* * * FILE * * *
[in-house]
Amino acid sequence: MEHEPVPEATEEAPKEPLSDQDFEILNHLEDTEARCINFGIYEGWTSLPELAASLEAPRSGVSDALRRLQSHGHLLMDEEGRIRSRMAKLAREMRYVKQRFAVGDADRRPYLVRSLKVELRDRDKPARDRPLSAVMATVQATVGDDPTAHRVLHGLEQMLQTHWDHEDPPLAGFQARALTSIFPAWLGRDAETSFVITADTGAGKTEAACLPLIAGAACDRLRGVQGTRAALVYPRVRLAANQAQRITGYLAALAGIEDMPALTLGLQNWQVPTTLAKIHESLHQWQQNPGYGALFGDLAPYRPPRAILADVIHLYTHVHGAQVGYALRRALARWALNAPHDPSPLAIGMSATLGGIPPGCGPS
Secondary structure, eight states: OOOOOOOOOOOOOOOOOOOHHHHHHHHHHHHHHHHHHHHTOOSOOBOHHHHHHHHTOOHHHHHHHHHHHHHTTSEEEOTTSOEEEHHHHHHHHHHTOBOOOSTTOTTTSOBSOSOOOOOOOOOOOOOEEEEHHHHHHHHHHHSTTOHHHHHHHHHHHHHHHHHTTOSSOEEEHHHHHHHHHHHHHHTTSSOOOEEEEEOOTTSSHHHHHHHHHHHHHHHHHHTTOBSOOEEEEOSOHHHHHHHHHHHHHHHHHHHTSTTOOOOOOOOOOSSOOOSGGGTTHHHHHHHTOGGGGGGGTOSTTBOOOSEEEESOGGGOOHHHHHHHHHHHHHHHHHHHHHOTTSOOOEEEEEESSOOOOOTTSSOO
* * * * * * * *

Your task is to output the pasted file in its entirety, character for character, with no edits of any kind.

[in-house]
Amino acid sequence: MEHEPVPEATEEAPKEPLSDQDFEILNHLEDTEARCINFGIYEGWTSLPELAASLEAPRSGVSDALRRLQSHGHLLMDEEGRIRSRMAKLAREMRYVKQRFAVGDADRRPYLVRSLKVELRDRDKPARDRPLSAVMATVQATVGDDPTAHRVLHGLEQMLQTHWDHEDPPLAGFQARALTSIFPAWLGRDAETSFVITADTGAGKTEAACLPLIAGAACDRLRGVQGTRAALVYPRVRLAANQAQRITGYLAALAGIEDMPALTLGLQNWQVPTTLAKIHESLHQWQQNPGYGALFGDLAPYRPPRAILADVIHLYTHVHGAQVGYALRRALARWALNAPHDPSPLAIGMSATLGGIPPGCGPS
Secondary structure, eight states: OOOOOOOOOOOOOOOOOOOHHHHHHHHHHHHHHHHHHHHTOOSOOBOHHHHHHHHTOOHHHHHHHHHHHHHTTSEEEOTTSOEEEHHHHHHHHHHTOBOOOSTTOTTTSOBSOSOOOOOOOOOOOOOEEEEHHHHHHHHHHHSTTOHHHHHHHHHHHHHHHHHTTOSSOEEEHHHHHHHHHHHHHHTTSSOOOEEEEEOOTTSSHHHHHHHHHHHHHHHHHHTTOBSOOEEEEOSOHHHHHHHHHHHHHHHHHHHTSTTOOOOOOOOOOSSOOOSGGGTTHHHHHHHTOGGGGGGGTOSTTBOOOSEEEESOGGGOOHHHHHHHHHHHHHHHHHHHHHOTTSOOOEEEEEESSOOOOOTTSSOO